Davis’s mother feared for her son‘s safety if he played college football, but Robinson assured her all would be well. “We finally convinced his mama,” Robinson was quoted by Grambling as having said. “We promised her that we would see that he got Sunday school and church.”
Davis became a black college All-American, and Grambling went unbeaten in 1955, his senior season.
Pro scouts were on hand to see Willie Gilmore, the star running back for Florida A&M, play against Grambling in that season’s Orange Blossom Classic in Miami, an annual postseason game matching Florida A&M against another historically black college. Galimore went on to become an outstanding runner for the Chicago Bears, but Davis caught the scouts’ eyes as well, making a host of tackles in Grambling’s victory.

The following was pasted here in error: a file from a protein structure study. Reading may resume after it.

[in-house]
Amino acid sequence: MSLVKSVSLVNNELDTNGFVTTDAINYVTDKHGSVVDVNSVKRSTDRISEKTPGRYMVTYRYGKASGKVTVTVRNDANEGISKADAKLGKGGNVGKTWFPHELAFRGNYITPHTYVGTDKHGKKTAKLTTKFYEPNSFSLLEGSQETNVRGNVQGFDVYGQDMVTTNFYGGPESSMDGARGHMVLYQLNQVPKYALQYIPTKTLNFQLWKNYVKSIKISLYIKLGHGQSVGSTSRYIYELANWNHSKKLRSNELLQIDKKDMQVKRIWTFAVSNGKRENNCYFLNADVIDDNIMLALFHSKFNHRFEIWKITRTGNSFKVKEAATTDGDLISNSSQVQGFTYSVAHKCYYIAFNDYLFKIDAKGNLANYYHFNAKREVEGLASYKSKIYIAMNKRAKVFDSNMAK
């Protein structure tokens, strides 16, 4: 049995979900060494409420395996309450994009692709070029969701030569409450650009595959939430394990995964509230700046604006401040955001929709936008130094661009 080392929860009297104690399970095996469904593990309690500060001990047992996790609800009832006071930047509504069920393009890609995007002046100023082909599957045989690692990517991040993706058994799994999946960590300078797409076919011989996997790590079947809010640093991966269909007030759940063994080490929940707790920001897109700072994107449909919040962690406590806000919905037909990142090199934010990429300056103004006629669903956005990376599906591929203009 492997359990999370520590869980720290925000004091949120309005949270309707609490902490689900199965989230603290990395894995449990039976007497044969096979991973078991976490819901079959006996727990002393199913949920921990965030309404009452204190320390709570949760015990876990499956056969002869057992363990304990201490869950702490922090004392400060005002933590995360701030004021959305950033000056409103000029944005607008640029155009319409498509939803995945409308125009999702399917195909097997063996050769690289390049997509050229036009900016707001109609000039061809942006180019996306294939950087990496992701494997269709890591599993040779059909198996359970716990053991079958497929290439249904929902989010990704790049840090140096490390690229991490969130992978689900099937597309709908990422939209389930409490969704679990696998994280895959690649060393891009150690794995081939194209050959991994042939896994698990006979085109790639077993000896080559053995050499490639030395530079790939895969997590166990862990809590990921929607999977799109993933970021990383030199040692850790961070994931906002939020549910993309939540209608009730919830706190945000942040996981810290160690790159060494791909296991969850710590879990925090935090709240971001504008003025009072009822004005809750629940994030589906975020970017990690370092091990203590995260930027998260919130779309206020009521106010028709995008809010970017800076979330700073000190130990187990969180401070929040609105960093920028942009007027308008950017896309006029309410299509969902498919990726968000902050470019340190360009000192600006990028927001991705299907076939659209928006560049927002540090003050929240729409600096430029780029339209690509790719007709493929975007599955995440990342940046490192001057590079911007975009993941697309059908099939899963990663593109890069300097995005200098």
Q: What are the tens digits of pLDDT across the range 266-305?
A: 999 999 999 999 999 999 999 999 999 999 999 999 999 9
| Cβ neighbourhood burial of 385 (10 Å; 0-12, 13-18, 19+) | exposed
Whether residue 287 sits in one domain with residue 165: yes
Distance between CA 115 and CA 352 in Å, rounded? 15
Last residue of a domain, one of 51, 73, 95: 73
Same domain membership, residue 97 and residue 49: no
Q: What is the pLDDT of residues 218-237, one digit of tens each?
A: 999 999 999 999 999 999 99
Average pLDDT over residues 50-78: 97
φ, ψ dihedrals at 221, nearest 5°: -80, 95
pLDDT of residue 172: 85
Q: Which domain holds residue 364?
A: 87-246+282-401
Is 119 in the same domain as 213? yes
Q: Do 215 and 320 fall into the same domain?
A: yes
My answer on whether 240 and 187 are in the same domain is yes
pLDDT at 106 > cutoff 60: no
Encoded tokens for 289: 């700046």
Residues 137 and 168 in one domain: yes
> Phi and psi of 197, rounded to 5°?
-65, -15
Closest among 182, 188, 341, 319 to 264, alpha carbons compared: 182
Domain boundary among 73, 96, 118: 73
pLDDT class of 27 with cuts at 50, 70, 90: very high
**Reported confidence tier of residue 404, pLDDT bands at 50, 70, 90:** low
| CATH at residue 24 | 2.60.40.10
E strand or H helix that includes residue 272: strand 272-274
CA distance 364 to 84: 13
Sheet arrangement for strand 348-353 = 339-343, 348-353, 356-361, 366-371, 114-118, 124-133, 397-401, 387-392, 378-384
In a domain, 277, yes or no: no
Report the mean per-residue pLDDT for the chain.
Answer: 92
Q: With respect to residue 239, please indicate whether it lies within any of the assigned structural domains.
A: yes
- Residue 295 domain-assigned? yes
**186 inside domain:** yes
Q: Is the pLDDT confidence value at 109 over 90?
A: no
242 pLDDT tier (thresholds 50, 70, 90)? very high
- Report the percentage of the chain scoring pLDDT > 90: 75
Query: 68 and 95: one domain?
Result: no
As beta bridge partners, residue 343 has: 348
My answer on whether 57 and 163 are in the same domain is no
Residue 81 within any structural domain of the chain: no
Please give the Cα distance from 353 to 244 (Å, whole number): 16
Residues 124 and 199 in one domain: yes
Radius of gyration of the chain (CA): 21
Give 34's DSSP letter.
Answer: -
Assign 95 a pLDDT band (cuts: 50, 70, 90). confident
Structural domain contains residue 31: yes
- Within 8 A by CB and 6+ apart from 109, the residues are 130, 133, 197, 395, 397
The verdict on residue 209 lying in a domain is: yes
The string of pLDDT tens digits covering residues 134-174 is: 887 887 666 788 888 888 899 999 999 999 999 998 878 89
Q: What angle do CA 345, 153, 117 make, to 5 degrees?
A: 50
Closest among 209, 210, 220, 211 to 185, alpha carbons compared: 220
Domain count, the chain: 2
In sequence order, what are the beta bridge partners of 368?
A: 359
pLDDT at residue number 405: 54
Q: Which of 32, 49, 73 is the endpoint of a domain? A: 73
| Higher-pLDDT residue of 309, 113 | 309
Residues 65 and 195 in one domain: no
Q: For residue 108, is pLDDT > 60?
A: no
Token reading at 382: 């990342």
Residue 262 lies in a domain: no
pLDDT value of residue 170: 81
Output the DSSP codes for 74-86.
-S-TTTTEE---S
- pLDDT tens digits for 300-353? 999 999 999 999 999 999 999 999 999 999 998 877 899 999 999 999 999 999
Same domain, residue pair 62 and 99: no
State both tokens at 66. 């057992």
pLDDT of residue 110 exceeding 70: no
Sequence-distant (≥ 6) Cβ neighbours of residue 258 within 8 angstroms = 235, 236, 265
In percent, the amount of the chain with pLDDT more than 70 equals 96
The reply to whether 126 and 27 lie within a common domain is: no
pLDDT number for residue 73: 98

Davis gained little notice playing two seasons for the Browns, but Lombardi liked what he saw in game films and obtained him in a 1960 trade for A.D. Williams, a receiver, who would last only two more seasons in the league.
As a student, Davis was on the dean’s list at Grambling, majoring in math and industrial arts, and he obtained a master’s degree in business administration from the University of Chicago in 1968, having attended classes in his off-seasons.
After leaving football, he forged a highly successful business career. He owned a beer and wine distributorship in Los Angeles, headed the radio network All-Pro Broadcasting and was a board member of many corporations.
Davis’s survivors include his wife, Carol; a son, Duane; a daughter, Lori; and four grandchildren.
When the Packers obtained Davis in 1960, Lombardi said that he had all the attributes any coach would want.
“You look for speed, agility and size,” Lombardi once said. “You may get two of these qualities in one man, and when you have three, you get a great player. In Willie Davis, we have a great one.”